Three letters from this morning’s Irish Times

There are three letters of note in the Irish Times  this morning which, taken together, go to the heart of the border poll issue.

In the first, Letter Writer 1 from Dublin 5 declares “If a nationalist solution is imposed by whatever means, other than the inclusion of a willing majority of unionists, the result would almost certainly see a return to violence.”

Letter Writer 2  from Cork points out that “It might be helpful if those wishing to talk about a united Ireland would clarify what precisely they mean by the term.”

Letter Writer 3 from Dublin 15 notes that “Irish unity. Is back at the centre of political discussion. A referendum on a united Ireland is a key provision of the Good Friday Agreement….The most important first step is to establish a Citizens’ Assembly to discuss what a united Ireland might look like and how best we can manage a smooth transition”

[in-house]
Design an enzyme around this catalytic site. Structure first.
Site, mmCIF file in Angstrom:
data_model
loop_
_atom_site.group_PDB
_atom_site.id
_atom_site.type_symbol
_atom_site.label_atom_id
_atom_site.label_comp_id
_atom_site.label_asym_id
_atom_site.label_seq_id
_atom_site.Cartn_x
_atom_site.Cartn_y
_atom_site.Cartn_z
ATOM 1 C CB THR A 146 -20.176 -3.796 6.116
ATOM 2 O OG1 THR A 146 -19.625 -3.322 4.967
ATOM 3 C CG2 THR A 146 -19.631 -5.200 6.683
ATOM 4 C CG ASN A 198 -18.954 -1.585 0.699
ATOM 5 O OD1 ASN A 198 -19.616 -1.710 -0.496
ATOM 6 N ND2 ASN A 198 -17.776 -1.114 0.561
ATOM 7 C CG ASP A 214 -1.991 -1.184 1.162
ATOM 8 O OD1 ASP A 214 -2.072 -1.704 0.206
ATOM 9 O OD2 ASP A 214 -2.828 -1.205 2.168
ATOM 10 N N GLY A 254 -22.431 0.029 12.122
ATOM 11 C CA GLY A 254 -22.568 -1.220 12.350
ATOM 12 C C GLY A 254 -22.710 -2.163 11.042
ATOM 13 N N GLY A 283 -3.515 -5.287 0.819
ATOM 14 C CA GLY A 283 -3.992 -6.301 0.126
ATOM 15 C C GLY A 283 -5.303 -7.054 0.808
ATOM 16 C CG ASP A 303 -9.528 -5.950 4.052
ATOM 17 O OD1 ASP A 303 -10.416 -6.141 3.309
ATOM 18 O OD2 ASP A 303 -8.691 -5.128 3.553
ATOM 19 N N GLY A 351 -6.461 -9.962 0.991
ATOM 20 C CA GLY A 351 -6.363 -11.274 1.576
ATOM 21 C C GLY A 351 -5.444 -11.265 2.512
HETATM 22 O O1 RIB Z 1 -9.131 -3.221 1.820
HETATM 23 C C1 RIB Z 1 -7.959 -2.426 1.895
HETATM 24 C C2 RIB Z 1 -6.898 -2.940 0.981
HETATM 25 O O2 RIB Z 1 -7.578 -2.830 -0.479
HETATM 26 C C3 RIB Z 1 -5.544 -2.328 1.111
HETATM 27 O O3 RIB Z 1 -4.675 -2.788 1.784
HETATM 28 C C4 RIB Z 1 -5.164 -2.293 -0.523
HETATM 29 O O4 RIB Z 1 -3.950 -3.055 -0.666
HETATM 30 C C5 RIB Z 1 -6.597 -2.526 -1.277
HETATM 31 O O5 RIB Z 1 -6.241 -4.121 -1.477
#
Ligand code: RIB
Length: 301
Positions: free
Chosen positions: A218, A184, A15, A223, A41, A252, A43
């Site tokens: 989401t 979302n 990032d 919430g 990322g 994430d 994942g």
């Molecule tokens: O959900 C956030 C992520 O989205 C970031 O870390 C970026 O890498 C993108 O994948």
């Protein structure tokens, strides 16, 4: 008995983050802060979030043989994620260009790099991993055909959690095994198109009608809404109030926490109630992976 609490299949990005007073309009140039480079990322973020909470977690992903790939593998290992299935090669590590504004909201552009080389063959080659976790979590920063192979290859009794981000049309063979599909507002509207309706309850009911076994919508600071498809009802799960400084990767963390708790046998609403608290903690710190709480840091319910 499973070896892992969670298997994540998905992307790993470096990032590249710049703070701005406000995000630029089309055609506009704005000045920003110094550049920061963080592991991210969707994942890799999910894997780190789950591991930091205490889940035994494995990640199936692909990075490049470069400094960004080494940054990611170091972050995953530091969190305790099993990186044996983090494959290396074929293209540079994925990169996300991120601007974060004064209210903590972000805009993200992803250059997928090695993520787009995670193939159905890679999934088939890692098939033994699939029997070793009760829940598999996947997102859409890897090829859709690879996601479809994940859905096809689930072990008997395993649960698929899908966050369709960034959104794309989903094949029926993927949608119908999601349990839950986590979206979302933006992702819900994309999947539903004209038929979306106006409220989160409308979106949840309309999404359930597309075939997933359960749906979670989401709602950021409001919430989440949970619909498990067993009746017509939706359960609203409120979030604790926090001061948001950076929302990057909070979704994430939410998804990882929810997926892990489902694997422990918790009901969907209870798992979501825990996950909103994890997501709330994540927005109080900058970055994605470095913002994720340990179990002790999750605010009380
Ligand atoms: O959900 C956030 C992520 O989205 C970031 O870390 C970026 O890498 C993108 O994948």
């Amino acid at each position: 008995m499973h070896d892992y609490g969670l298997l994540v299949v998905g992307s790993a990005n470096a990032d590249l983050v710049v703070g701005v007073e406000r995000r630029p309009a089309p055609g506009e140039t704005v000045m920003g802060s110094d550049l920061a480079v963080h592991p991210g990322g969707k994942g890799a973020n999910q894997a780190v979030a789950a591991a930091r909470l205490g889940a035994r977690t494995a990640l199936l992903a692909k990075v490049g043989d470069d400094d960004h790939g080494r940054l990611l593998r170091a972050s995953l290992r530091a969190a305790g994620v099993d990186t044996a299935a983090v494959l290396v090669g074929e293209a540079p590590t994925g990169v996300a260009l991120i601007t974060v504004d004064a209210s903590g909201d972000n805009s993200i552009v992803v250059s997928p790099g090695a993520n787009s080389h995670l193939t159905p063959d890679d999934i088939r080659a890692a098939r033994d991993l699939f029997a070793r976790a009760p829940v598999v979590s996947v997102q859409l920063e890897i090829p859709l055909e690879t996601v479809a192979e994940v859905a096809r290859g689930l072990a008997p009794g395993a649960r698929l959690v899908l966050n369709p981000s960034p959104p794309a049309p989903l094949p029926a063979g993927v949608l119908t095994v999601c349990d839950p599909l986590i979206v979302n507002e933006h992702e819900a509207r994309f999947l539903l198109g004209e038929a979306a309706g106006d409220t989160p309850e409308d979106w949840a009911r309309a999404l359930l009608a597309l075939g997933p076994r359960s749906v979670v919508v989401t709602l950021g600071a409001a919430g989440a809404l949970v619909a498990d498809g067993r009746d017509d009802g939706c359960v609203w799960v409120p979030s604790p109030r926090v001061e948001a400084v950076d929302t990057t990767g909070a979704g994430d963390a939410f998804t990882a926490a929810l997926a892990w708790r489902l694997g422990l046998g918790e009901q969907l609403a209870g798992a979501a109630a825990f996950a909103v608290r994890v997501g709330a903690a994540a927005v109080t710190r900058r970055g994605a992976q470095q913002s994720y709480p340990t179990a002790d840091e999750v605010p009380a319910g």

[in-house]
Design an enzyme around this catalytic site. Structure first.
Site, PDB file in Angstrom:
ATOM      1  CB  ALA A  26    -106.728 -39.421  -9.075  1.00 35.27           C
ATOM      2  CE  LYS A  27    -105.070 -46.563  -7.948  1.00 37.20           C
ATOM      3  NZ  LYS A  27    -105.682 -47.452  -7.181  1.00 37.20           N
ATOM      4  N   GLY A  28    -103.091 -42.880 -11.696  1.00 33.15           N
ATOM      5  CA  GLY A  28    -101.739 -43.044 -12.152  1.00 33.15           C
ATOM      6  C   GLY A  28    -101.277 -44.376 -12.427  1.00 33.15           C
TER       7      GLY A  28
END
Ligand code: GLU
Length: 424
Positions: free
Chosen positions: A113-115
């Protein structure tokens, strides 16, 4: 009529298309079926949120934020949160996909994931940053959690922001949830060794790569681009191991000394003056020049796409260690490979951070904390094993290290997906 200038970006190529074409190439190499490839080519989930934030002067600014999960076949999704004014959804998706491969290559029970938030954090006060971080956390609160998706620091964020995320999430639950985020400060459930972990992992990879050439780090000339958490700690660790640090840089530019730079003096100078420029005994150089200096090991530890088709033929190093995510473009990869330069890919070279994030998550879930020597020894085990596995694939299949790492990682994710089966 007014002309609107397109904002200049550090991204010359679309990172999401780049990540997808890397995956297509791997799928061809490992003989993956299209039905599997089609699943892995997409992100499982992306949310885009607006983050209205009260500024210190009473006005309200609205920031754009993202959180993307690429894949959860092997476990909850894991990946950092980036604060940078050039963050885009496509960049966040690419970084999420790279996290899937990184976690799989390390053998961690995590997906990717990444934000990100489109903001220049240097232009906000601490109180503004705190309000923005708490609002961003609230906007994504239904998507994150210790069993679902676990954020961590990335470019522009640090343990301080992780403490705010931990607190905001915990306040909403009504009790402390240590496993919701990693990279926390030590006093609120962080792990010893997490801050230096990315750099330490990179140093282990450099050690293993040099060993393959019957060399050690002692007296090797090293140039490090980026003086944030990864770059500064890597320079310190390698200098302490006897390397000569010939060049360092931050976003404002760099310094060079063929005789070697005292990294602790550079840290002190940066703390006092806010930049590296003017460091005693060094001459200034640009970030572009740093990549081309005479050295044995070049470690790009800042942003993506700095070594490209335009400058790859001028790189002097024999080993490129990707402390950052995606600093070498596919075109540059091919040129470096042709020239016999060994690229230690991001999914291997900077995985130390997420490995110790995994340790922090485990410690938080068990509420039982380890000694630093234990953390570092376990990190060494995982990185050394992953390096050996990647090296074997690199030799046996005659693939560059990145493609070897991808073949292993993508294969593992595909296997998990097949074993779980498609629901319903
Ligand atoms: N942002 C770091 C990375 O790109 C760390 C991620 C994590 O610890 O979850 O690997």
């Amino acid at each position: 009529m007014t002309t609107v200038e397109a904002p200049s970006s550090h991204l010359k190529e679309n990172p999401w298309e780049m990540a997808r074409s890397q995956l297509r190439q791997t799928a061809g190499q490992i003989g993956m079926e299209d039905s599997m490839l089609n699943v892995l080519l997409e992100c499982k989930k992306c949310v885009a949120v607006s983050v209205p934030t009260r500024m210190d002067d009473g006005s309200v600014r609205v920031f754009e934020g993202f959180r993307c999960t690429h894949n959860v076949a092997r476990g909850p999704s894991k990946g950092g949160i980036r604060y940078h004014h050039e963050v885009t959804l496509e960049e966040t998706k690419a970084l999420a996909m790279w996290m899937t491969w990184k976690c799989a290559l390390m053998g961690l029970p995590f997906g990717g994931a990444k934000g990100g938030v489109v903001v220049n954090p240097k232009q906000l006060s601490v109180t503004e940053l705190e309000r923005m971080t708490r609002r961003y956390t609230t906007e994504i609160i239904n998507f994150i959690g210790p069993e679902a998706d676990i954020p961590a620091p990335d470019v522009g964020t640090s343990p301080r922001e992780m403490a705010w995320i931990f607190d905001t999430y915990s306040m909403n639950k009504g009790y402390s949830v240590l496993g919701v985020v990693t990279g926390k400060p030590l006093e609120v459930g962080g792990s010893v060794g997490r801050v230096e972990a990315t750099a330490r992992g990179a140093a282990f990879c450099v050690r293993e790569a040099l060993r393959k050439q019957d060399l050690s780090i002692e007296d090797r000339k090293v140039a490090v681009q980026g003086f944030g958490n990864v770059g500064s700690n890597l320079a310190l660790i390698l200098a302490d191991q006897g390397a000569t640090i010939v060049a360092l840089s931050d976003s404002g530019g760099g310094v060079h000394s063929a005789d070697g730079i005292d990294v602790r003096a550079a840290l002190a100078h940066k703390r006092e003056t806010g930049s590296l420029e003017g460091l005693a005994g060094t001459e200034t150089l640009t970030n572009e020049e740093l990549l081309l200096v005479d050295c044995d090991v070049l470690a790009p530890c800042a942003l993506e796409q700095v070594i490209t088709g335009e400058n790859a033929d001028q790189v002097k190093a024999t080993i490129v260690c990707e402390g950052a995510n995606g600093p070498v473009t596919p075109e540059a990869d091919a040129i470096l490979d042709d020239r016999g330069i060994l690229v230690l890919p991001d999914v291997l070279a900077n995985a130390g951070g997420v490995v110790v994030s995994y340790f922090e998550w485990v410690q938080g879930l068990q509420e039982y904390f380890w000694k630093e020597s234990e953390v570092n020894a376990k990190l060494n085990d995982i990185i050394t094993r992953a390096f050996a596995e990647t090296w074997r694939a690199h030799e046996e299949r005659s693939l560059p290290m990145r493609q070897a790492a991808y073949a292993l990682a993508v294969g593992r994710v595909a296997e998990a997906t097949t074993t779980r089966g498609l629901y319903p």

So there you have it. Letter Writer 1 believes that there must be a willing majority of unionists [my italics] or else some unionists will return to the gun. Sound familiar?

Letter Writer 2 inches cautiously towards what is clearly essential: some detailed notion of what a united Ireland would look like.

Letter Writer 3 points out how we can arrive at a picture of a future united Ireland – by the government establishing a Citizens’ Assembly to examine, plan and construct the shape of a new Ireland.

I suggest that we start with Letter Writer 3’s suggestion and then see if the Dublin government can find the moral courage to set up a Citizens’ Assembly so we stop wasting time assessing Letter Writers 1 and 2. After all, Fianna Fáil and Fine Gael are republican parties. Or have I got that wrong?

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